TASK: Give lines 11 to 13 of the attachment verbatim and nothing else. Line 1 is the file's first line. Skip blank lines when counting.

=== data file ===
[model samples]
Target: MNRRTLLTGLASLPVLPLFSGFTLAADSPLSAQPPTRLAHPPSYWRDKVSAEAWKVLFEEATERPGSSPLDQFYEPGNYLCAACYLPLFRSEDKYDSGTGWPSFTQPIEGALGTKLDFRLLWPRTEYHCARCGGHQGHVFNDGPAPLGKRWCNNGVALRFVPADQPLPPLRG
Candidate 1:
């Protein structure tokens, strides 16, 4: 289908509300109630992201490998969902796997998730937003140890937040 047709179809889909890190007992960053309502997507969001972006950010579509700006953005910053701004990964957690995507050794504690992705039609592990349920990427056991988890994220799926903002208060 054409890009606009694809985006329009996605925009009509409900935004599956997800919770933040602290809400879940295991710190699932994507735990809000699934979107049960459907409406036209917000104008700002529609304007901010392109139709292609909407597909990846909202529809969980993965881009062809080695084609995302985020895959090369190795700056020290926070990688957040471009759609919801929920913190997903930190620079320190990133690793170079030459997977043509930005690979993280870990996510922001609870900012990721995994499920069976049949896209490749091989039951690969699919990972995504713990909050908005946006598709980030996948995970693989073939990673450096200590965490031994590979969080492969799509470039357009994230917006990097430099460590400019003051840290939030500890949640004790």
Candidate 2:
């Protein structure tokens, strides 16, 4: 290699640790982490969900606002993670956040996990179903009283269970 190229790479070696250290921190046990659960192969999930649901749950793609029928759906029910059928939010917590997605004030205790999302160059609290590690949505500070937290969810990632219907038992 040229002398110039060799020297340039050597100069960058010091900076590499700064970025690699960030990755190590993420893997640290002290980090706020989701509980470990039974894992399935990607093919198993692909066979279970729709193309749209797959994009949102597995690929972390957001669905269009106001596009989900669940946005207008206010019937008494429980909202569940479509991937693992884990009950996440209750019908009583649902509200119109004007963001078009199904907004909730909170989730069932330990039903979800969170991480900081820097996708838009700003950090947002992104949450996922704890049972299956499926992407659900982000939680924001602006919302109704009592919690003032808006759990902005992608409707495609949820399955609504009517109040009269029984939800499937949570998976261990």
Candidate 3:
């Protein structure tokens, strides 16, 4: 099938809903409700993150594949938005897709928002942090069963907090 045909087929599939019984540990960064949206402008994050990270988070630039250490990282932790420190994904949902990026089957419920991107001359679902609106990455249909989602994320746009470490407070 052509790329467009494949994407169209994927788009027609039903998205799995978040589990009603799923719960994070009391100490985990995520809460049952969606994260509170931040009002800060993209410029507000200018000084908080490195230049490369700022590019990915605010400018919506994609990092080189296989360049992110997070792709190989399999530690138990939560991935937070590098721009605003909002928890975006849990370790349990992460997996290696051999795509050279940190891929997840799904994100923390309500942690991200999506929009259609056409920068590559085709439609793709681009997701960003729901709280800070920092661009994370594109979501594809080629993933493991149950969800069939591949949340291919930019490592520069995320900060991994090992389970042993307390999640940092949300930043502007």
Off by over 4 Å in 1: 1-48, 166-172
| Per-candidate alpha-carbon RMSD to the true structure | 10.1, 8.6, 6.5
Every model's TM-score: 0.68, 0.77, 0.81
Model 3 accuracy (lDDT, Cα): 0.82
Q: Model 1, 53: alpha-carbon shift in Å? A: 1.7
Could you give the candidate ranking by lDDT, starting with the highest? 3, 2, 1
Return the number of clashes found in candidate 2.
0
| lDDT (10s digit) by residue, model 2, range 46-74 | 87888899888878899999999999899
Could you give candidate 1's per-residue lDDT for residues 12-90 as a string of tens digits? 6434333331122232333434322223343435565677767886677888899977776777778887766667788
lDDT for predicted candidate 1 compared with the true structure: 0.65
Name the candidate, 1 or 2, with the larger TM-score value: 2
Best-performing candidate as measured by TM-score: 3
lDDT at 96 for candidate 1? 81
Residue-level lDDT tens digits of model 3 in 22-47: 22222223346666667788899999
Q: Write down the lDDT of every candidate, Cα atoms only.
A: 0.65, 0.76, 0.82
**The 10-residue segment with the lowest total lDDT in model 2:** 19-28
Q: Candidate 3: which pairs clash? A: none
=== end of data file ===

Every model's TM-score: 0.68, 0.77, 0.81
Model 3 accuracy (lDDT, Cα): 0.82
Q: Model 1, 53: alpha-carbon shift in Å? A: 1.7